Everything you need to know as a first-time student.
Information and support for postgraduate study.
Courses, supervisors and your life as a researcher.
Discover our campuses, courses and entry requirements.
Step-by-step application guides for our courses.
Get financial support for your studies. Find a scholarship that's right for you.
Options like part-time, external and online study can help you tailor how you learn.
See where our graduates are now, and where your studies can take you.
Our executive education courses give you the skills you need to lead in a fast-paced world.
Boost your career or extend your skills with a short course or unit.
Our free online courses are open to everyone.
We're constantly moving forward in our research output, commercialisation and collaboration. Find out how you can join our research community and bring innovation to the real world.
Considering research with us? Here's what to expect.
Our strengths and achievements, research projects and activity, and research institutes, centres and groups.
Apply for scholarships for research study, or competitive grants as a professional researcher.
Our researchers work in supportive and established networks.
We value and promote integrity and ethical responsibility in all research we conduct.
A selection of world-class research from our research centres and groups.
We collaborate with industry partners to research solutions for real-world problems, and to give our students hands-on experience in the workplace.
Work with our students and graduates, sponsor scholarships, prizes or events, or become an industry partner.
We offer commercial research and consultancy services, research commercialisation, and workplace training and development.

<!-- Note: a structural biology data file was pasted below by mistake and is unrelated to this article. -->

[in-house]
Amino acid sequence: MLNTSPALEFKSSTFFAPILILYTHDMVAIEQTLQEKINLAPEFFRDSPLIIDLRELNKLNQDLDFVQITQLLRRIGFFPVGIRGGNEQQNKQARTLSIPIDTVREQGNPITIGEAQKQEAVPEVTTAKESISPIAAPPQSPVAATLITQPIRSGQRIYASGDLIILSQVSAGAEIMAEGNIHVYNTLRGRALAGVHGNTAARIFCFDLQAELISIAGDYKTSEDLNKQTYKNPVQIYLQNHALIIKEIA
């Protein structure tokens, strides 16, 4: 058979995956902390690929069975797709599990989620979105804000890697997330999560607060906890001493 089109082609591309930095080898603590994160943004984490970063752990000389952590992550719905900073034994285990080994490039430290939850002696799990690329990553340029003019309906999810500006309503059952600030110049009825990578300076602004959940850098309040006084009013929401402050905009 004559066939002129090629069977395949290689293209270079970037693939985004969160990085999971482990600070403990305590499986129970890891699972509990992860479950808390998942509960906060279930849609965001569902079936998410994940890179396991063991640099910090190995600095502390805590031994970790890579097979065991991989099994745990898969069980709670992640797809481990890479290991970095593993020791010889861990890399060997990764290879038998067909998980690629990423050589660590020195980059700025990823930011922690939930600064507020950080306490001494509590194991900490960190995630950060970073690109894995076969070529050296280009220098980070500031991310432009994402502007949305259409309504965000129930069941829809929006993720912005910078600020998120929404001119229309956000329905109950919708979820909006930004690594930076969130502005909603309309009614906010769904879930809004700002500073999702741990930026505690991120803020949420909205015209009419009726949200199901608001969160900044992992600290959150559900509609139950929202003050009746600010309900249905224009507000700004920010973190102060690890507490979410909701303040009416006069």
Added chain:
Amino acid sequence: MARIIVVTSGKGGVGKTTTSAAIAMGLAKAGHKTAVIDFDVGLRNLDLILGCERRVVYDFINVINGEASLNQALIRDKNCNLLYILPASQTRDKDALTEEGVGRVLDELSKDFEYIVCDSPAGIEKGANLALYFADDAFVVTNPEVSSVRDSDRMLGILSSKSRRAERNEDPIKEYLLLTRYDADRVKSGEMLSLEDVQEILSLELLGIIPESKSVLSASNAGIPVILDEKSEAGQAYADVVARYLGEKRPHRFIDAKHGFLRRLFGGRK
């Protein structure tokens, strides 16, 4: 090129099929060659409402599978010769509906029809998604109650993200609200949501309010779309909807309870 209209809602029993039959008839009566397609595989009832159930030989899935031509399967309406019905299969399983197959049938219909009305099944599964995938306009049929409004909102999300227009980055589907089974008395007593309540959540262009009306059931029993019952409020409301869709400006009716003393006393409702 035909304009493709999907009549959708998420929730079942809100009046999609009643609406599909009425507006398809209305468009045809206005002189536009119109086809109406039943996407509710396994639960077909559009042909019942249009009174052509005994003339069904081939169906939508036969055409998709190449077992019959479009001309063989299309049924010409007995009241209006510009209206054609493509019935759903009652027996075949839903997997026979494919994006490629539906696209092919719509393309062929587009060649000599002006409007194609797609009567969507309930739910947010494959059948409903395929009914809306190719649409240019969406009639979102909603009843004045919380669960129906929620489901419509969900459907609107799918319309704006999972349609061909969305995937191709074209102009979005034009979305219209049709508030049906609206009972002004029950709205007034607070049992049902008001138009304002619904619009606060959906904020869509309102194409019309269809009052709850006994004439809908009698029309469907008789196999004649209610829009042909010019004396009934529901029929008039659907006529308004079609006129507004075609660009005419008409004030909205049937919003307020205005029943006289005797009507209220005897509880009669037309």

We're working with a range of industry partners and collaborators.
Our customised executive education equips your employees with tools and inspiration to give your organisation a real edge.
We offer short courses to help you advance your career and expand your skills.
An innovative app to help maximise wellbeing and resilience has been developed using QUT research and expertise in partnership with the AFL Players’ Association and funded by the Movember Foundation.
We are a highly successful and globally positioned Australian university with an applied emphasis in courses and research.
Make a real impact by giving to QUT and supporting our students, researchers and community.
Our history, key statistics, sustainability initiatives and programs and Indigenous acknowledgement.
Meet our staff and executive team.
Our awards, accreditation details, research rankings and scholarly achievements.
Our plans for expanding our university's achievements in learning, teaching and research.
Policies, procedures and annual reports.
What's on at QUT.
Want to work with us? See available jobs.
Our campuses and facilities, including maps, research locations and public venues.
Email: firstname.lastname@example.org Phone: +61 7 3138 2000
Our graduates run successful businesses, conduct ground-breaking research and make significant contributions to their communities.
We celebrate our alumni with annual awards for graduates and students.
Get involved with QUT by engaging with and supporting our current students.
Once you've graduated, we encourage you to keep in touch with the QUT community and your fellow alumni.
Email: email@example.com Phone: +61 7 3138 4778 Mon-Fri, 8.30am-5pm
Darryl McDonough has been named Alumnus of the Year as well as the Faculty of Law Outstanding Alumni Award Winner.
Step-by-step guide to applying as an international student.
We offer scholarships for international students to help with study and living costs.
You may be able to meet with a QUT staff member or official representative in your city.
Find out more about living and studying in Brisbane.